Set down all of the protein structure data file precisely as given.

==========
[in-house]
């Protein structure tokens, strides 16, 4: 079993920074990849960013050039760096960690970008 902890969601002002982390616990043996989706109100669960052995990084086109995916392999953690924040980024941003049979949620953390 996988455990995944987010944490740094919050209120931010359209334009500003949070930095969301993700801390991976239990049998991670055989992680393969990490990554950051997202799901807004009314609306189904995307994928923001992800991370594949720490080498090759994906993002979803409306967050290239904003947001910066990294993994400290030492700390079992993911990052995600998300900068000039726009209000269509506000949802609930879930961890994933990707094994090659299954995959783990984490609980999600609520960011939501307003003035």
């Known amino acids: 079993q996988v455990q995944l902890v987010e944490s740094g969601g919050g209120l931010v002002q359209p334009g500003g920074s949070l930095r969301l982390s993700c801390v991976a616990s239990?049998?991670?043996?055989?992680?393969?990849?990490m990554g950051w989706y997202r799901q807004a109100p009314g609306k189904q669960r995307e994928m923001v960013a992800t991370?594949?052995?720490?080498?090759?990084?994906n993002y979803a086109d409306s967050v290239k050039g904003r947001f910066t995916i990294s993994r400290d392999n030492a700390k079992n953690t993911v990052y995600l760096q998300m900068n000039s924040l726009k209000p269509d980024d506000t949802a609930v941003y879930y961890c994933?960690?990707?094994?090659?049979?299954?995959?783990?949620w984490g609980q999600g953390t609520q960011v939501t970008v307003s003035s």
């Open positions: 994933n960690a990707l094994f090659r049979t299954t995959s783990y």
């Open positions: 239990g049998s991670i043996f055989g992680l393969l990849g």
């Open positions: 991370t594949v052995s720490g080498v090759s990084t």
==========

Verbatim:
[in-house]
């Protein structure tokens, strides 16, 4: 079993920074990849960013050039760096960690970008 902890969601002002982390616990043996989706109100669960052995990084086109995916392999953690924040980024941003049979949620953390 996988455990995944987010944490740094919050209120931010359209334009500003949070930095969301993700801390991976239990049998991670055989992680393969990490990554950051997202799901807004009314609306189904995307994928923001992800991370594949720490080498090759994906993002979803409306967050290239904003947001910066990294993994400290030492700390079992993911990052995600998300900068000039726009209000269509506000949802609930879930961890994933990707094994090659299954995959783990984490609980999600609520960011939501307003003035």
């Known amino acids: 079993q996988v455990q995944l902890v987010e944490s740094g969601g919050g209120l931010v002002q359209p334009g500003g920074s949070l930095r969301l982390s993700c801390v991976a616990s239990?049998?991670?043996?055989?992680?393969?990849?990490m990554g950051w989706y997202r799901q807004a109100p009314g609306k189904q669960r995307e994928m923001v960013a992800t991370?594949?052995?720490?080498?090759?990084?994906n993002y979803a086109d409306s967050v290239k050039g904003r947001f910066t995916i990294s993994r400290d392999n030492a700390k079992n953690t993911v990052y995600l760096q998300m900068n000039s924040l726009k209000p269509d980024d506000t949802a609930v941003y879930y961890c994933?960690?990707?094994?090659?049979?299954?995959?783990?949620w984490g609980q999600g953390t609520q960011v939501t970008v307003s003035s």
């Open positions: 994933n960690a990707l094994f090659r049979t299954t995959s783990y």
């Open positions: 239990g049998s991670i043996f055989g992680l393969l990849g």
């Open positions: 991370t594949v052995s720490g080498v090759s990084t």